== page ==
Talent, like STEM, has no gender
International Women in Engineering Day
Madrid / 23 June 2020
Grappling with the technological transformation of entire economies and ensuring the transition to a low-carbon energy model will require all available talent in science, technology, engineering and mathematics (STEM)--regardless of gender.
However, girls are still a clear minority in technical careers, even though the university degrees with best job prospects are related to STEM disciplines. Even at SGRE, women make up only 13% of the IT, Engineering, and R&D workforce. That's why we made one of the four objectives of the Diversity strategy to increase the number of women in the company.
Siemens Gamesa has also signed an agreement with the Royal Spanish Academy of Engineering to help encourage young women to choose STEM careers.
Traditionally, scientific and technical careers have been chosen mostly by boys. Although it is true that the share of women has been growing over the years, it is still far from parity.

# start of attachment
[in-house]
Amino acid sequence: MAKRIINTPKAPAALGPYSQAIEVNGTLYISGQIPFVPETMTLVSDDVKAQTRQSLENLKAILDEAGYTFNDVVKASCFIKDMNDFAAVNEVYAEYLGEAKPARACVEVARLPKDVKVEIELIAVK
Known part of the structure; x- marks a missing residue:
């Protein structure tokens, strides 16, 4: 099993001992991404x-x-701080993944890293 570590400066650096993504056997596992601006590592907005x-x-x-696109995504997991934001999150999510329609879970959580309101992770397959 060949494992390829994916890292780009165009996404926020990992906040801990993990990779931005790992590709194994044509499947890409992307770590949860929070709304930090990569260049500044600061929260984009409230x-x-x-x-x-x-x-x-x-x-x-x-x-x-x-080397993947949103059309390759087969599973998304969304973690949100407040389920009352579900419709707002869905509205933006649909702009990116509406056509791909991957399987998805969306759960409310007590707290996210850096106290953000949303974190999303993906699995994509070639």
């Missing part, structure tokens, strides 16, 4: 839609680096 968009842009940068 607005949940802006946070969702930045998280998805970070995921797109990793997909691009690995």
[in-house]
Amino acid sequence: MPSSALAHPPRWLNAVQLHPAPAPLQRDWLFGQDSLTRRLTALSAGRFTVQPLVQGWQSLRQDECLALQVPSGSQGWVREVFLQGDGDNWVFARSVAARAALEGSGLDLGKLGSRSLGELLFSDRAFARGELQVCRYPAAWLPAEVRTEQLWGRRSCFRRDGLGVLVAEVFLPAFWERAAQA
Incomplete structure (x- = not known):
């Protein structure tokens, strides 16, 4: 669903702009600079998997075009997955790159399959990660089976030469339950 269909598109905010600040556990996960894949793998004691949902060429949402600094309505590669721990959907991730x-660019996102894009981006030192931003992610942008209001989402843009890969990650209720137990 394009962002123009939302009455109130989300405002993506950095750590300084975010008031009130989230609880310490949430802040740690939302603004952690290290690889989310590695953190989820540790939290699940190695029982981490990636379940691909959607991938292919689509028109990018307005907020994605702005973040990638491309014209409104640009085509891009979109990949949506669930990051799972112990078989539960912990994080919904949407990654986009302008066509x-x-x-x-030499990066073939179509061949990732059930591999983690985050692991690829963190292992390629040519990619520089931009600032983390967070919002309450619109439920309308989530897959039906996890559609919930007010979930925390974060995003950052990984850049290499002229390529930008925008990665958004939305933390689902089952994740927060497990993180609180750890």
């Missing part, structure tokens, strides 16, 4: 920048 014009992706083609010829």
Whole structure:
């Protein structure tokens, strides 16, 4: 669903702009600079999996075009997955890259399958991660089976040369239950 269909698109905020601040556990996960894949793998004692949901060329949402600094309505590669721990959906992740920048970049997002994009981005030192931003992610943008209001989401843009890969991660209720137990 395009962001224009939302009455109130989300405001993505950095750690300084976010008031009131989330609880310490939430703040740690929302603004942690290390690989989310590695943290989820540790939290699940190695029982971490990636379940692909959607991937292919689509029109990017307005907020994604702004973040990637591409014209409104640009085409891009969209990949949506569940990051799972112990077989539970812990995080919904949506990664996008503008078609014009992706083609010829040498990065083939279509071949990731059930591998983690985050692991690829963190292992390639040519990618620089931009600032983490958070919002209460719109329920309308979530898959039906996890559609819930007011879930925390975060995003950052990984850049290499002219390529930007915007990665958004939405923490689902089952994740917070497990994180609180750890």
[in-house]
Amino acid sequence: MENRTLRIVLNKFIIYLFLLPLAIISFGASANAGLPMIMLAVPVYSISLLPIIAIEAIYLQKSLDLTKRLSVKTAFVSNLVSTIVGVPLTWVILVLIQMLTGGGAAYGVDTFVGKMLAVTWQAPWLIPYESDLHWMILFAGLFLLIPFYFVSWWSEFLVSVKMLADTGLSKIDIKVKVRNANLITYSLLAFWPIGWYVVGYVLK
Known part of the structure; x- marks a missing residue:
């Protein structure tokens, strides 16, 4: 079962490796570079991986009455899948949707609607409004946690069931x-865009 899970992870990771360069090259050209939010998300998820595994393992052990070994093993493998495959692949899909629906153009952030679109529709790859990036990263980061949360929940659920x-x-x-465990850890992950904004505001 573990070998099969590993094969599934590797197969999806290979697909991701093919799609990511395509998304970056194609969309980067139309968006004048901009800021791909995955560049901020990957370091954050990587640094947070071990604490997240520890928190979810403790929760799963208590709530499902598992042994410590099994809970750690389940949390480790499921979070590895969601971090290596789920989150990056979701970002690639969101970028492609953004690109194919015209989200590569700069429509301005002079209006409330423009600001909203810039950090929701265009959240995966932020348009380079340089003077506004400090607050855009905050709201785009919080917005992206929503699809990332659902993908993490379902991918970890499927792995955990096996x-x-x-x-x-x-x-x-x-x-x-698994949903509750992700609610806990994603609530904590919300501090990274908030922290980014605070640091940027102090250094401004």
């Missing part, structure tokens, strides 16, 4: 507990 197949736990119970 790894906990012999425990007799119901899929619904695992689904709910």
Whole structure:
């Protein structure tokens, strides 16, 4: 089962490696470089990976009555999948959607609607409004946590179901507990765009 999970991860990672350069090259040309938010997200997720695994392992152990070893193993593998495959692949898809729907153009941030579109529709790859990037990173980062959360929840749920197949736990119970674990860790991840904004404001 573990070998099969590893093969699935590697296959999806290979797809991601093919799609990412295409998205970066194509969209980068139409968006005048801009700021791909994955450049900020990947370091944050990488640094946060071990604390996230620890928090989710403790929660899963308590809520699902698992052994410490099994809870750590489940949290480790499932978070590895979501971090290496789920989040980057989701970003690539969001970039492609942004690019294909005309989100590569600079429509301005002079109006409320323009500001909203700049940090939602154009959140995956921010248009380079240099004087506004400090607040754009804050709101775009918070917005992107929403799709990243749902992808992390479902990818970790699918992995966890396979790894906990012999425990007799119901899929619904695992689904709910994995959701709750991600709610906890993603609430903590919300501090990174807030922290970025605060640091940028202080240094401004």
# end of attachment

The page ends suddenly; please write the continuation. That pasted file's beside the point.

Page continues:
According to an OECD report, "ABC of Gender Equality in Education," the lower presence of girls in technical careers is due to many factors including less confidence in their own abilities; preference for socially-oriented careers; social stereotypes and expectations; and the lack of role models.
It includes a series of initiatives targeting a range of ages, from high school to postgraduate students, but with one point in common: mentoring as the most powerful instrument for awakening vocations.
It offers opportunities for women in their final year of their undergraduate degree or master's degree to enhance their employability thanks to the support of engineering professionals. It also includes a program called TECHMI where students aged 12 to 16 learn about programming and mechanical engineering and participate in a nationwide team competition where challenges are designed to demonstrate the social utility of STEM and engineering. Participants receive the support of the mentored university women which in turn become the mentors for a next batch of women engineers.
No company, nor society at large, can afford to waste talent because of gender. Our goal at Siemens Gamesa is to replicate these kinds of value-add activities and initiatives to unleash the full potential of all our future engineers, scientists, designers, and technicians--and that starts with getting girls and young women in STEM.